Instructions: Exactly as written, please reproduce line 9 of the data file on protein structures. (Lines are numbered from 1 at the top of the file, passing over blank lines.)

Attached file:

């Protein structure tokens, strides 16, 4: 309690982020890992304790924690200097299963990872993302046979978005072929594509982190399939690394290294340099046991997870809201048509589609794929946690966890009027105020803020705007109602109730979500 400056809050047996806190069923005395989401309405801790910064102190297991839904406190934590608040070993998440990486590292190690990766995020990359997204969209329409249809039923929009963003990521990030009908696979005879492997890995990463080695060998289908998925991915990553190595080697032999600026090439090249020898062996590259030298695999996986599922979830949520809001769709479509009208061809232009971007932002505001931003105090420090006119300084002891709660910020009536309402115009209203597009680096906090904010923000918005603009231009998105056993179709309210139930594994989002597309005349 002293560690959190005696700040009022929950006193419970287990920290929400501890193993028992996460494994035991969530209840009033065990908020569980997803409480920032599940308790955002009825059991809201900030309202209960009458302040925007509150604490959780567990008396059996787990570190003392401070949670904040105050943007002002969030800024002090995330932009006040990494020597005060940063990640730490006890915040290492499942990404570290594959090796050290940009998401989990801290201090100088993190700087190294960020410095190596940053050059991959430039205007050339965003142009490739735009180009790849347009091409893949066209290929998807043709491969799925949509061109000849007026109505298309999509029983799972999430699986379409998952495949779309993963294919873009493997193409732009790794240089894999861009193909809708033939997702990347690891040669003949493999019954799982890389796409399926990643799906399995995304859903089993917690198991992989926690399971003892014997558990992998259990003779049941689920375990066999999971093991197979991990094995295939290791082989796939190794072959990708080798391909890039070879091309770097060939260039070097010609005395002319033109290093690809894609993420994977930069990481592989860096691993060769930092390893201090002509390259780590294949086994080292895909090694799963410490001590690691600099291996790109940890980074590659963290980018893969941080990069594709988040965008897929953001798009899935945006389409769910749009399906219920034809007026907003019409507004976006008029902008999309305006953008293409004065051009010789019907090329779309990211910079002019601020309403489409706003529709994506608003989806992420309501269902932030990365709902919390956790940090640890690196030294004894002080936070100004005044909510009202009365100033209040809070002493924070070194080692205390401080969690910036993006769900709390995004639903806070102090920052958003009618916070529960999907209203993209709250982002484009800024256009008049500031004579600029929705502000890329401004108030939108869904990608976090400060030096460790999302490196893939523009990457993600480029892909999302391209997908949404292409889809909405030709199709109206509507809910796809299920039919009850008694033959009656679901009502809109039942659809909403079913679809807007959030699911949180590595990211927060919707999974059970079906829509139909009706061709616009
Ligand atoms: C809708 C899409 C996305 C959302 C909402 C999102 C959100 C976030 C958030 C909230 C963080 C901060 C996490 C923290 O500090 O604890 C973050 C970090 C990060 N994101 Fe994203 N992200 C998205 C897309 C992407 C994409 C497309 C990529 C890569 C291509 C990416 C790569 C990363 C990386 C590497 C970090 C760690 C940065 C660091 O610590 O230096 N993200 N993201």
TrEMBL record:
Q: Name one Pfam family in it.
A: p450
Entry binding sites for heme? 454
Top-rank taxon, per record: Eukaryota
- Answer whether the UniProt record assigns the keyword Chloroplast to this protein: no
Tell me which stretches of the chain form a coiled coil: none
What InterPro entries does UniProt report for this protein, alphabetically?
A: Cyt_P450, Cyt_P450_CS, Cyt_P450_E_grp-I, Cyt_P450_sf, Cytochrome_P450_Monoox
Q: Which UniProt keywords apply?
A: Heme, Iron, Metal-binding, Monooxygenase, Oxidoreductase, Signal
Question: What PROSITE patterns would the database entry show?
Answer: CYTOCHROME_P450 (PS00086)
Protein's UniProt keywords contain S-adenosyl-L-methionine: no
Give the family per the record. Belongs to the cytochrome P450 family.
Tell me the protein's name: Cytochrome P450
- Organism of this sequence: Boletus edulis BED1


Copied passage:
Tell me which stretches of the chain form a coiled coil: none